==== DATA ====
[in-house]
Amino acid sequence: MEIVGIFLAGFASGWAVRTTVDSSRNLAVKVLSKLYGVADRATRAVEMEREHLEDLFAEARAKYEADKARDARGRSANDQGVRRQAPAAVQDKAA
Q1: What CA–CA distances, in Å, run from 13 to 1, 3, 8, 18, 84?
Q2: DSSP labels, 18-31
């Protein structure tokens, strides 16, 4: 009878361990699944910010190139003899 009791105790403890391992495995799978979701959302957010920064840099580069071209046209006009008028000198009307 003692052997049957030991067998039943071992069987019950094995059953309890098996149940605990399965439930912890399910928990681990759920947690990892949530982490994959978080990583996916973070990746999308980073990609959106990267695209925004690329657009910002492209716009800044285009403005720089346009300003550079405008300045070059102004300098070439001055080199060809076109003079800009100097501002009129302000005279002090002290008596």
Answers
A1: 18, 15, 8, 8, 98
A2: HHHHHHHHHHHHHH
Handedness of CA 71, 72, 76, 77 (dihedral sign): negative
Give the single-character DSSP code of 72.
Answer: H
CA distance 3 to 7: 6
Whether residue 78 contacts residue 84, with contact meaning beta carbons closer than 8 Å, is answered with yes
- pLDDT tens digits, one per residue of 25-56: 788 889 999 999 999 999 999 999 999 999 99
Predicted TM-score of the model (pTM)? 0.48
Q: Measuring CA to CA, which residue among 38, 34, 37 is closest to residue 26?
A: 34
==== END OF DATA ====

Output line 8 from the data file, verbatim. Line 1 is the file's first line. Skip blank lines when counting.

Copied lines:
A2: HHHHHHHHHHHHHH